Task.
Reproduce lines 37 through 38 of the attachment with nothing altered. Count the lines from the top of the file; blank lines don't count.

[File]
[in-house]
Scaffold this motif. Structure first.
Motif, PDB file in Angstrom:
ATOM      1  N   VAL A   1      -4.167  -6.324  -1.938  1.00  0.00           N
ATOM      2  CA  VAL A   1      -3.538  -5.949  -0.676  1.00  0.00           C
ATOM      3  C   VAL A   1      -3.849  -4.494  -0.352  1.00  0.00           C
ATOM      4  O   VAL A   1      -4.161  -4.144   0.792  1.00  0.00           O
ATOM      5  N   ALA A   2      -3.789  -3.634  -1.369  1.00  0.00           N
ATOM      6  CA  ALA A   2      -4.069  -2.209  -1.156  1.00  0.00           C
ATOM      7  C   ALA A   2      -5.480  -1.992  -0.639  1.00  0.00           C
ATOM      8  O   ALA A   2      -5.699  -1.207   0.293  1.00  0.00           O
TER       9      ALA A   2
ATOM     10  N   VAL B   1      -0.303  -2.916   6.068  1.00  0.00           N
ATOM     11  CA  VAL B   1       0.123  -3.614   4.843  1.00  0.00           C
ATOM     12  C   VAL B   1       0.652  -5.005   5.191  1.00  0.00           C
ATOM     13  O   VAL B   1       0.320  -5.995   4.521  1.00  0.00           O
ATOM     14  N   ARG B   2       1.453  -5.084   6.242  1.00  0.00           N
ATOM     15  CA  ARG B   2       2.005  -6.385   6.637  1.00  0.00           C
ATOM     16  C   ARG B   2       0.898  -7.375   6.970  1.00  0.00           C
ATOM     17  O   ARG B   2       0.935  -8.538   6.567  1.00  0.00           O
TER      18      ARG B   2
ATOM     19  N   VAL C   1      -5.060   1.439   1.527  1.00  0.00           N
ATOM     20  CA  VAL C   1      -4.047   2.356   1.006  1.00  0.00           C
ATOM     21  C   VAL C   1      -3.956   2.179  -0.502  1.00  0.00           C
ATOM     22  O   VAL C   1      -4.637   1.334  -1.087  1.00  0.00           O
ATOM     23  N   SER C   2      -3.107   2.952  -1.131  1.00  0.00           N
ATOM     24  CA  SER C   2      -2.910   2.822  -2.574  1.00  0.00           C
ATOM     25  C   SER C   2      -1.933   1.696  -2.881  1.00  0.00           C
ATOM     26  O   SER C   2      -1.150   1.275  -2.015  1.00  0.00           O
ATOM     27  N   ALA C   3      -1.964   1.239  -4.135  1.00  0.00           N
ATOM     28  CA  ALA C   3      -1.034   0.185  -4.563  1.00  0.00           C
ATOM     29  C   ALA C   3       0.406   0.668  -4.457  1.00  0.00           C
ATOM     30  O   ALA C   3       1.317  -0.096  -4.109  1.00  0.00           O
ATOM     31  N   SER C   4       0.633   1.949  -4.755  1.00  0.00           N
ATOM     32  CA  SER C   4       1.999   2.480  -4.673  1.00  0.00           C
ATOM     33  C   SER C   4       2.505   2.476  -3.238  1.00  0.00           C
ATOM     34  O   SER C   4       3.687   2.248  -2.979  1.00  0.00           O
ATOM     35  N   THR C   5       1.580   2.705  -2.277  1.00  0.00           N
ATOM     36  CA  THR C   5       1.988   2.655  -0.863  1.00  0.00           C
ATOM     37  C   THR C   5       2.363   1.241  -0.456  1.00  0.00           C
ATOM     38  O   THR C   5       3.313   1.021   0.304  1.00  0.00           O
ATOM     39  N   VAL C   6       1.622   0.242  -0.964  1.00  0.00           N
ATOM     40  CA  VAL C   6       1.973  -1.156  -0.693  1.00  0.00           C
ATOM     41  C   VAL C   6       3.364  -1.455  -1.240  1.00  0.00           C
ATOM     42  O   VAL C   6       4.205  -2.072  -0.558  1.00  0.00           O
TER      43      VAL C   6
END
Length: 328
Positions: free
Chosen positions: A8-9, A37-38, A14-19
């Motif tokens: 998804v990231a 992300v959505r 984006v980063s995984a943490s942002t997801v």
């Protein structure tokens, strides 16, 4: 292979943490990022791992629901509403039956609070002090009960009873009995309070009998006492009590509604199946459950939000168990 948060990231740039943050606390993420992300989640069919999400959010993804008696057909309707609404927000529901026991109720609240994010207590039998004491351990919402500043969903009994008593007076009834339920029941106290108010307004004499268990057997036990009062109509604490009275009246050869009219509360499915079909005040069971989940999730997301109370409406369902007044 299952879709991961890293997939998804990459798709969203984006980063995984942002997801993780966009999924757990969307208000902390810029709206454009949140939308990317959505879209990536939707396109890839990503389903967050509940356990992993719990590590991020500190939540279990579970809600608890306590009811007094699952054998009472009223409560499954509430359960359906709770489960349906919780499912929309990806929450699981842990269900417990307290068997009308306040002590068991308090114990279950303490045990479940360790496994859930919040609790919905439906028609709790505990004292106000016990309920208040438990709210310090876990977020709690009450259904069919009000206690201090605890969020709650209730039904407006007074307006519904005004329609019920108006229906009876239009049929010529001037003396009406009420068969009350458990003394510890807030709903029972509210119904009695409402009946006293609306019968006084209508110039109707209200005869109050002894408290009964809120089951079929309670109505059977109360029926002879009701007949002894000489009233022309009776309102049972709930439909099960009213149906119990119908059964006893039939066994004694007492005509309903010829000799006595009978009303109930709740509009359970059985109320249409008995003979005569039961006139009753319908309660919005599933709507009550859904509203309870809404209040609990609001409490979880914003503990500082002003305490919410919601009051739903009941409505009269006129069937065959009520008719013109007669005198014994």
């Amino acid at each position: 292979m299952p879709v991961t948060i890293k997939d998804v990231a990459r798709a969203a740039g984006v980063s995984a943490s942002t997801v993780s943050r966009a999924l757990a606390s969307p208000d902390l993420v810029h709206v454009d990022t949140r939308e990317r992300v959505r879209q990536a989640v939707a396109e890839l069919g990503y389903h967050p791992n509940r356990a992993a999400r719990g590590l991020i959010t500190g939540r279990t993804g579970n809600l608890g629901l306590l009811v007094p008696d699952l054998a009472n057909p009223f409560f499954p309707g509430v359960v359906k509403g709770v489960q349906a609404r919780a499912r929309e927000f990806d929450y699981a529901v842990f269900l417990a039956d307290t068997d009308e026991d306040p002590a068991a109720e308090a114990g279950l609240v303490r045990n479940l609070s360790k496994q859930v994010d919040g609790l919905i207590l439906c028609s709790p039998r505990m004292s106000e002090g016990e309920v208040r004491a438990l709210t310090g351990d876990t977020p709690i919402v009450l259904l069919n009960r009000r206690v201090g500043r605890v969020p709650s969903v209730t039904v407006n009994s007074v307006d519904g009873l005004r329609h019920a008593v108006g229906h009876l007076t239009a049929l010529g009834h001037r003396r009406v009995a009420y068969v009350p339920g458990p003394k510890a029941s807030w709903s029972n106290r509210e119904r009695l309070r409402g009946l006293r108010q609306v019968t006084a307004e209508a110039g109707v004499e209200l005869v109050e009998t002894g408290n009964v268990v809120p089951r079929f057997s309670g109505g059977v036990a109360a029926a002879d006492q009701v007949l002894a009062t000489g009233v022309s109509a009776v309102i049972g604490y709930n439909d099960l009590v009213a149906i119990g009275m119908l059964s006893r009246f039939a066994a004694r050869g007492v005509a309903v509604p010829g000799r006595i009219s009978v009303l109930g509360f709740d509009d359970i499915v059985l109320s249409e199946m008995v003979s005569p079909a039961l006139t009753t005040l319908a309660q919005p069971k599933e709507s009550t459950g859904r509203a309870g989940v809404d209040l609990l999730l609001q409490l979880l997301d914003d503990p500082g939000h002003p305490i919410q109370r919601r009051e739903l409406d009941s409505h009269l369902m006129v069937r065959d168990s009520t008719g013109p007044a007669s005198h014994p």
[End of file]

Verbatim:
ATOM     34  O   SER C   4       3.687   2.248  -2.979  1.00  0.00           O
ATOM     35  N   THR C   5       1.580   2.705  -2.277  1.00  0.00           N